Habayit Hayehudi headed for September battle

The religious Zionist party's leaders Daniel Hershkowitz and Zevulun Orlev will face off despite canceled general elections.

311_Herschkowitz (photo credit: Ariel Jerozolimski)
(photo credit: Ariel Jerozolimski)
It looks like there will be an election in Israel on September 4 after all.
Prime Minister Binyamin Netanyahu formed a national- unity government last week, putting an end to his own effort to initiate a September 4 general election.
But an election is currently set for that date in the national-religious Habayit Hayehudi party. The race will pit Habayit Hayehudi’s incumbent leader, Science and Technology Minister Daniel Herschkowitz, against his number two, MK Zevulun Orlev.
The race had been set for September 4 before the general election appeared to be advanced to that date. The party had not yet gotten a chance to move up its contest after the process of initiating early elections began, so the September 4 date has stuck, at least temporarily.
Orlev will kick off the race by hosting a press conference Monday afternoon in the national-religious bastion of Givat Shmuel. Orlev chose that location in the center of the country when it appeared that the Knesset would be dispersed. But now that the Knesset will have a regular Monday work day, almost no reporters are expected to attend Orlev’s event, which he said it was too late to move.
Habayit Hayehudi will run together with the more rightwing National Union party in the next election in an effort to form a larger national- religious party that could bring back thousands of kippa-clad voters who have shifted to Likud.
“I think national-religious people learned their lesson when they saw the Likud initiate a 10-month freeze in Judea and Samaria, support haredi [ultra-Orthodox] religious court judges, enable the disqualification of national-religious Rabbi Haim Druckman’s conversions, and take action against outposts,” Orlev said.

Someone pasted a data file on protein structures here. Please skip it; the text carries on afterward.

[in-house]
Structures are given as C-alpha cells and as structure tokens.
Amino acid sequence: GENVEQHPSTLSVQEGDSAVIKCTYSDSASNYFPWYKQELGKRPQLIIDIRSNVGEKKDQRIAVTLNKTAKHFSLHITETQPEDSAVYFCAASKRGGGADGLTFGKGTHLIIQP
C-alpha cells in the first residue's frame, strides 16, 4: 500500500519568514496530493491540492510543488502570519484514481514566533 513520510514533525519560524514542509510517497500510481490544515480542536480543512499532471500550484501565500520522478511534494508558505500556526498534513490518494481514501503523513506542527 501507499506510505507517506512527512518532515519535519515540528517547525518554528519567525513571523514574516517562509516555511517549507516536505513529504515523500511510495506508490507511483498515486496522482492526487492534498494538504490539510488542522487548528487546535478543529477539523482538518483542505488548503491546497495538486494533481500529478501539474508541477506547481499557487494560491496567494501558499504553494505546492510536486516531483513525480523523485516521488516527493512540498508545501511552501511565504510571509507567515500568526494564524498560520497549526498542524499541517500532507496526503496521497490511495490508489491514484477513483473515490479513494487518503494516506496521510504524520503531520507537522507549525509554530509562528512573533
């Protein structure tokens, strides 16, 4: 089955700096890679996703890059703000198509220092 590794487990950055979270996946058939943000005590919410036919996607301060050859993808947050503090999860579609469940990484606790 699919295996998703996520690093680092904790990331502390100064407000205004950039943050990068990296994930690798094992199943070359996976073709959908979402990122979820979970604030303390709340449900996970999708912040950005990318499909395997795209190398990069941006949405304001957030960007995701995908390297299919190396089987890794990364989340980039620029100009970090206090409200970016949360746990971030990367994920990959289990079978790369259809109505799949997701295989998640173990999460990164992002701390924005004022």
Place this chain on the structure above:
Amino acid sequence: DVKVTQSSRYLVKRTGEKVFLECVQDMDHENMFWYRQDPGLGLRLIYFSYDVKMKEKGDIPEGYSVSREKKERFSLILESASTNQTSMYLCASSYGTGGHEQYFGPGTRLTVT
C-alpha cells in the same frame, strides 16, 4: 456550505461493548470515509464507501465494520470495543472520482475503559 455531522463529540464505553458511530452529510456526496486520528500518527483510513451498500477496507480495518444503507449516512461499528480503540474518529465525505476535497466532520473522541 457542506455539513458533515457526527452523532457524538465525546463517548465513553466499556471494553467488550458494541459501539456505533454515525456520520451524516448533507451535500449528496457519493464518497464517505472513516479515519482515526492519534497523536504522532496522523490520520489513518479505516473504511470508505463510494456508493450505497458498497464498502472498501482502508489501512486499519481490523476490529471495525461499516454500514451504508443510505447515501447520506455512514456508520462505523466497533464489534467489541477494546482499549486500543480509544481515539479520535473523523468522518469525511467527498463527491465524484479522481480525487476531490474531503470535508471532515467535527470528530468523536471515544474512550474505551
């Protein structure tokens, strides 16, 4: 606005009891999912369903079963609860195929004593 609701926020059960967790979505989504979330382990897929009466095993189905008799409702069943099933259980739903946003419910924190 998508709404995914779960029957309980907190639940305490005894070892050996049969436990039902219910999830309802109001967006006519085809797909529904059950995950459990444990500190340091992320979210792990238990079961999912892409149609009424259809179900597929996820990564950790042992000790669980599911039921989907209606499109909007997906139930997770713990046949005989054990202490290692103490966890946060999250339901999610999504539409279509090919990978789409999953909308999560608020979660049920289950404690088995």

“The Likud clearly lacks the values of the national-religious. A big national-religious party can have the most impact on key issues for the national-religious and for the entire country.”
Herschkowitz’s campaign is also in full swing. His spokesman said the minister is enjoying going to parlor meetings almost every night and encouraging people to join his party.
A low-profile membership drive in Habayit Hayehudi began two weeks ago. While both candidates said they want their party to reach out to thousands of Englishspeaking national-religious voters who the party has historically ignored, no ads have been taken in English publications that thousands of the party’s potential members and voters read.
In order to make the drive more successful, Herschkowitz wants the election postponed past September. Delaying the race could allow the party to fend off a potential challenger.
Prime Minister Binyamin Netanyahu’s former chief of staff, hi-tech millionaire Naftali Bennett, considered running with Habayit Hayehudi, but after the relatively quick election was initiated, he instead began the process of forming a new nationalist Zionist party of religious and secular candidates.
Bennett has stalled the formation of the party and if the Habayit Hayehudi’s race is delayed, he could be persuaded to run. He said he would make a decision soon – only after his wife, who is nine months pregnant, gives birth.
“Religious Zionists people have to be facing outward, not inward,” he said.
“Instead of worrying about finding jobs in religious councils or money for their neighborhood mikve, national-religious politicians should be interested in leading Zionism. There are 40 mandates out there from nationalist Zionist people who are not necessarily religious. They have to be pursued.”